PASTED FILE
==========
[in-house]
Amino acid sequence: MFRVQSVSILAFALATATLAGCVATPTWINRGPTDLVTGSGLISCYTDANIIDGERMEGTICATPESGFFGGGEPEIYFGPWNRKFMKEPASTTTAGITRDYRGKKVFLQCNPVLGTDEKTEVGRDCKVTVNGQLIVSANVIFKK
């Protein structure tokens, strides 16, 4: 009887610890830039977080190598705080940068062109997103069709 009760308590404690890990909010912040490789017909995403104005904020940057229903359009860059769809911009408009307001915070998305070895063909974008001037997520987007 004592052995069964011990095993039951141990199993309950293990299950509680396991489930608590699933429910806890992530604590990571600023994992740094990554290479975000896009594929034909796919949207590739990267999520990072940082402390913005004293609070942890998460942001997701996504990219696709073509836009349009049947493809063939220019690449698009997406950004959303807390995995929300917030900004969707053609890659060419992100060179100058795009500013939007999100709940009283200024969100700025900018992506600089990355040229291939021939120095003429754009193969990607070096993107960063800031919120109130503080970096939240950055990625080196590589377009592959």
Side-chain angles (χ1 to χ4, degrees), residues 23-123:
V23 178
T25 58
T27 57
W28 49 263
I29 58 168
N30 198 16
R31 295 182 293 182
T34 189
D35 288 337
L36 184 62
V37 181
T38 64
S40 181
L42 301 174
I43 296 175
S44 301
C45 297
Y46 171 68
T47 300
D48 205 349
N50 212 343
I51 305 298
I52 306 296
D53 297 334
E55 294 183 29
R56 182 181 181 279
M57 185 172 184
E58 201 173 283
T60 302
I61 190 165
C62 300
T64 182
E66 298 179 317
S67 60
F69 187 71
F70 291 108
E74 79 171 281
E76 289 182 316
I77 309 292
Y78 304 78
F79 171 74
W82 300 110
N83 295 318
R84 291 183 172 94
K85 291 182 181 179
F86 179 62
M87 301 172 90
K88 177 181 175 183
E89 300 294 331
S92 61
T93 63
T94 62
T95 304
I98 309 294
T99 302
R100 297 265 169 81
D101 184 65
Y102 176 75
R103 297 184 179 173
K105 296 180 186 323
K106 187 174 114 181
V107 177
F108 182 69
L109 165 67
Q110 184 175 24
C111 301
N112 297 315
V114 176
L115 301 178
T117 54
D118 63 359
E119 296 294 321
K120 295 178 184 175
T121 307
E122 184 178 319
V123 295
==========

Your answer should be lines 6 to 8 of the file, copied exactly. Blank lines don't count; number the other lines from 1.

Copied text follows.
T25 58
T27 57
W28 49 263